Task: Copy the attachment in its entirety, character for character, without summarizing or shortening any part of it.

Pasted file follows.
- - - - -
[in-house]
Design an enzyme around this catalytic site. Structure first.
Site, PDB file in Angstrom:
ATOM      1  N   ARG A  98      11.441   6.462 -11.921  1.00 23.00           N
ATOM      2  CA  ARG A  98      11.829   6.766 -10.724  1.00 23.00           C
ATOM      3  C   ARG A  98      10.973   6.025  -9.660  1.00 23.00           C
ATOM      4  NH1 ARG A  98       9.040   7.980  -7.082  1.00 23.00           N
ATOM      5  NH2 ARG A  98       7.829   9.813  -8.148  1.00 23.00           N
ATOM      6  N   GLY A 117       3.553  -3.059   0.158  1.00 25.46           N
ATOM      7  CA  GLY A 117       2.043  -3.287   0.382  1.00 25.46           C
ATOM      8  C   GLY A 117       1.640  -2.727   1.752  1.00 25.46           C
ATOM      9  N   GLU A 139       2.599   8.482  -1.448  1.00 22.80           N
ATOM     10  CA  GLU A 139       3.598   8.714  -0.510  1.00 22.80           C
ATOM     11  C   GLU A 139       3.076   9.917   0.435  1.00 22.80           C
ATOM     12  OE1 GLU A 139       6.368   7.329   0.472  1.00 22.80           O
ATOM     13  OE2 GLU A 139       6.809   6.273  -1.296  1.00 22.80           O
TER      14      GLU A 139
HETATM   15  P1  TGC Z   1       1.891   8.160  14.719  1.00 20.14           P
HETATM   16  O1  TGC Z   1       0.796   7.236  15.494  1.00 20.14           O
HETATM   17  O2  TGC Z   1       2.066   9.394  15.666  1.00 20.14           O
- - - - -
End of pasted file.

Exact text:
[in-house]
Design an enzyme around this catalytic site. Structure first.
Site, PDB file in Angstrom:
ATOM      1  N   ARG A  98      11.441   6.462 -11.921  1.00 23.00           N
ATOM      2  CA  ARG A  98      11.829   6.766 -10.724  1.00 23.00           C
ATOM      3  C   ARG A  98      10.973   6.025  -9.660  1.00 23.00           C
ATOM      4  NH1 ARG A  98       9.040   7.980  -7.082  1.00 23.00           N
ATOM      5  NH2 ARG A  98       7.829   9.813  -8.148  1.00 23.00           N
ATOM      6  N   GLY A 117       3.553  -3.059   0.158  1.00 25.46           N
ATOM      7  CA  GLY A 117       2.043  -3.287   0.382  1.00 25.46           C
ATOM      8  C   GLY A 117       1.640  -2.727   1.752  1.00 25.46           C
ATOM      9  N   GLU A 139       2.599   8.482  -1.448  1.00 22.80           N
ATOM     10  CA  GLU A 139       3.598   8.714  -0.510  1.00 22.80           C
ATOM     11  C   GLU A 139       3.076   9.917   0.435  1.00 22.80           C
ATOM     12  OE1 GLU A 139       6.368   7.329   0.472  1.00 22.80           O
ATOM     13  OE2 GLU A 139       6.809   6.273  -1.296  1.00 22.80           O
TER      14      GLU A 139
HETATM   15  P1  TGC Z   1       1.891   8.160  14.719  1.00 20.14           P
HETATM   16  O1  TGC Z   1       0.796   7.236  15.494  1.00 20.14           O
HETATM   17  O2  TGC Z   1       2.066   9.394  15.666  1.00 20.14           O